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Samsung UN55ES8000F LED LCD HDTV Review$3,749.00
The on-set controls for the ES8000 have been allocated entirely to the jog stick on the back of the TV. There are really no buttons, save for the stick itself, which can be "clicked" in to serve as a selection/OK button. Pressing up or down on the stick changes channels, and pressing left or right increases or decreases volume.
It's a fairly limited system for on-set controls, but considering you can turn on your ES8000 by saying "Hi TV, Power On" and then proceed through the menus and channels with either voice or gesture controls, an extensive array of on-set buttons would probably feel like overkill, especially considering that the TV already comes boxed with two completely different remote controls.
The UN55ES8000 comes with two remote controls.
The first is the standard Samsung remote control that comes with Samsung's 2012 line up of internet-enabled, 3D TVs. It's a pretty big remote, with an awful lot of buttons. In our opinion, it's a little cramped, especially compared to the touch-pad remote. There are buttons for the menu, history, smart hub, tools, info, search, camera, support, 3D, and a whole slew of less-specific buttons--and that's just in the lower four inches of the remote.
The touch-pad based, microphone-ready smart touch remote is much simpler and much more streamlined. It has very small, tactile buttons for volume, channel, and browser functions. A return button, smart hub button, number button, and a voice button--all very small and hidden--dot the lower, silver half of the smart remote. Essentially, the remote is broken into an upper and a lower half. The upper half is dedicated to the more traditional "TV remote" functions, i.e. volume and channel controls. The upper half also contains a small rectangular area, found at the center of the half, that acts as a track pad.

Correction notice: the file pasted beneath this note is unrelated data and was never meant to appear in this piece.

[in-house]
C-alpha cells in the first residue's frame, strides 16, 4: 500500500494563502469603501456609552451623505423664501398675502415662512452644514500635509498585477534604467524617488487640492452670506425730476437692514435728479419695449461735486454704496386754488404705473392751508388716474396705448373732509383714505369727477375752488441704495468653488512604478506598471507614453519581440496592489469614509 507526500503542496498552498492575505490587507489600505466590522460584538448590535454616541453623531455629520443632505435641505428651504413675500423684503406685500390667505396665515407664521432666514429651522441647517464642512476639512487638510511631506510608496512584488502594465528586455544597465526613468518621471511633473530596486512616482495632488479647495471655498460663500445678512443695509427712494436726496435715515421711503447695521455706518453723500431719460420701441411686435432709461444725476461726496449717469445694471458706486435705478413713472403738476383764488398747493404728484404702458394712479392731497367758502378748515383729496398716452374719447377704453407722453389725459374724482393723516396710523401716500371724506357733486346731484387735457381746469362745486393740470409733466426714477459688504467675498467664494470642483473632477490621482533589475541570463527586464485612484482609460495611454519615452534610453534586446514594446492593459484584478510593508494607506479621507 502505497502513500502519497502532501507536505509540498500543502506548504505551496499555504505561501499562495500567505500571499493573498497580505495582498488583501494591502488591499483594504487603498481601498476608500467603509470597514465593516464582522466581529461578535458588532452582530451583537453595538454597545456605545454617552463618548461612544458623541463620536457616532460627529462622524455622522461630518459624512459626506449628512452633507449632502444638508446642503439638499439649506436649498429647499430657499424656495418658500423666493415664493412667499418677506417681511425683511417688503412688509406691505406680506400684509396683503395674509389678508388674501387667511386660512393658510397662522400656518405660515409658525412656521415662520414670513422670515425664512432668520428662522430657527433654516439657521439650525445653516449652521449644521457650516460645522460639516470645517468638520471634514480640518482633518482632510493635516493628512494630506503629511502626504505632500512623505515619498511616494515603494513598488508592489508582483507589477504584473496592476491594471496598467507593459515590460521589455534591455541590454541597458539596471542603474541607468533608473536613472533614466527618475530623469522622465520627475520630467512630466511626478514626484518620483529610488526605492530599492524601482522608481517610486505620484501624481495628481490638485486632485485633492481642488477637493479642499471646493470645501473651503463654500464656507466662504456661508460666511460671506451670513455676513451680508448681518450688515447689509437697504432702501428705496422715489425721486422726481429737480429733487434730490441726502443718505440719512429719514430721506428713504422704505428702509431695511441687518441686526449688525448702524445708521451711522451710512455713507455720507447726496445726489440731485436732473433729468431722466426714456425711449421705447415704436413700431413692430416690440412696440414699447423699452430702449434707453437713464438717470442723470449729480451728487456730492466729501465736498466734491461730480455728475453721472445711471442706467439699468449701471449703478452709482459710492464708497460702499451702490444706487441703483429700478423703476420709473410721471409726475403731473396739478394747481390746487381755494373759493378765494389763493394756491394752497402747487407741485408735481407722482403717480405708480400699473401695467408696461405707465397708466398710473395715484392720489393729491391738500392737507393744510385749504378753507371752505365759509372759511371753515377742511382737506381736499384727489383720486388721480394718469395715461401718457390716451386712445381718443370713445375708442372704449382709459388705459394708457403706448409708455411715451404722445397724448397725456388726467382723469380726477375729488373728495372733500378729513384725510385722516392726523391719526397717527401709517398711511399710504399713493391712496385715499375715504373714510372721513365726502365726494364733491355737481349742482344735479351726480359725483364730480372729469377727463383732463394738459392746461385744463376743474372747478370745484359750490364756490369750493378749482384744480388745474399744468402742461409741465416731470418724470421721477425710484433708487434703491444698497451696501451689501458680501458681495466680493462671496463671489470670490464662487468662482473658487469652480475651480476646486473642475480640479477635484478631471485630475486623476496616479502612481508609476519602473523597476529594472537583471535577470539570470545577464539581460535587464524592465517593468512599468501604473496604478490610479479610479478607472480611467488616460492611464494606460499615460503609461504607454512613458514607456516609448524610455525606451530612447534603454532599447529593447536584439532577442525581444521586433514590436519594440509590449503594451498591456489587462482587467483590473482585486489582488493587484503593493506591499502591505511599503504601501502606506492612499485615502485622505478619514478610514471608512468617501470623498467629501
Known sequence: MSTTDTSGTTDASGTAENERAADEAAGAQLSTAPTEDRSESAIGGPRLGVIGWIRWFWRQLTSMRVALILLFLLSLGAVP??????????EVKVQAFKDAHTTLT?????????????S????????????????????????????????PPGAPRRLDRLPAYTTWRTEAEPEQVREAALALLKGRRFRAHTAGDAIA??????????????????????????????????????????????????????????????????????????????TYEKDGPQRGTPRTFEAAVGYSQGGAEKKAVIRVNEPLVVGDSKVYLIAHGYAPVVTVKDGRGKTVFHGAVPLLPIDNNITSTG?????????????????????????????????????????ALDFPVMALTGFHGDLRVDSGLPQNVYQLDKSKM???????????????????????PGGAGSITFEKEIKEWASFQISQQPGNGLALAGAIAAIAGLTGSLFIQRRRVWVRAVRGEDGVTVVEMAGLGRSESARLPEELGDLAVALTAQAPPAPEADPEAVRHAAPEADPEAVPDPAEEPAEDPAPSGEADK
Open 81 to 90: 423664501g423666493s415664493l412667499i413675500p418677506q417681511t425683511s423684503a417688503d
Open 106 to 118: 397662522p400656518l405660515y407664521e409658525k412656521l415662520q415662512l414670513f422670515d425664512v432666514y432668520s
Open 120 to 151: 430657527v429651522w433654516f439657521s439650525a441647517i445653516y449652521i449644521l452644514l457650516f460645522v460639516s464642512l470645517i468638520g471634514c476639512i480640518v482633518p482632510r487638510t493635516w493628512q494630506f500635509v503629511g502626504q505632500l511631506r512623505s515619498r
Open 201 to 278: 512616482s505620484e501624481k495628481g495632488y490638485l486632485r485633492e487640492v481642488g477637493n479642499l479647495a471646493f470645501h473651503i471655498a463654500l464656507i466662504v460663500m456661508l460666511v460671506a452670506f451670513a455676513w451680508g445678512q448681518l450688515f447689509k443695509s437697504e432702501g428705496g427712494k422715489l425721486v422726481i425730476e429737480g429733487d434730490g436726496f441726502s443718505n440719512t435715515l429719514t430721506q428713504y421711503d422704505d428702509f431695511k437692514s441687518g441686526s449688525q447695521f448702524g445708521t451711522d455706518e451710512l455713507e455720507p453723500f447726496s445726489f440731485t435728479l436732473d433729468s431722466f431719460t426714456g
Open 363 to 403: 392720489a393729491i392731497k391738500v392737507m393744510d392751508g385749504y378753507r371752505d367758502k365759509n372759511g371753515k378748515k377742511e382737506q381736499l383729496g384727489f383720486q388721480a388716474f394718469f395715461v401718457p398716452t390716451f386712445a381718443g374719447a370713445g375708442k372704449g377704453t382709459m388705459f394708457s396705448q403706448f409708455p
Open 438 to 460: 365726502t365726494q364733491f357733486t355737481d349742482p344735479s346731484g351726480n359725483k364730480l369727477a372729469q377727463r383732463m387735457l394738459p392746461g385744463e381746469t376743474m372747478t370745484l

The track pad works almost identically to those found on a laptop, but smaller. The track pad controls the cursor during web browsing, and can also be used to control the selection box within the TV's Smart Hub. Again like a laptop track pad, the remote's track pad can be pressed, like a button, to select whatever the selection box is highlighting.
The smart remote also has a built in microphone. Pressing and holding the "voice" button activates this microphone, which can then be used to give commands to the TV, or serve as a speech-to-text function while using a search engine within the browser. For instance, holding the voice button and saying, "Hi TV, Power Off," followed by a confirmation command of "OK" will shut the TV off. The ES8000's microphones are not perfect, and must be spoken to quite clearly and--for lack of a better word--cheerily, in order to properly follow and understand the speaker.
Each of the ES8000's interactive functions must be "learned" by users in order to work at full efficiency; their pacing and implementation are alien to generations who are more comfortable within the realm of traditional infrared remotes. For this reason, some users might find themselves inclined to stick with the standard Samsung remote. We suppose this will vary on an individual basis; at the very least, we can't see any harm in Samsung including such an array of ways to interact with their television.
In the Box
In the box, you'll find the panel, stand/mount components, a standard Samsung 3D Smart TV remote, the new "Smart" touch-pad remote, an IR blaster, 6 AA batteries and 2 AAA batteries, the user guide, and the necessary screws to assemble the TV.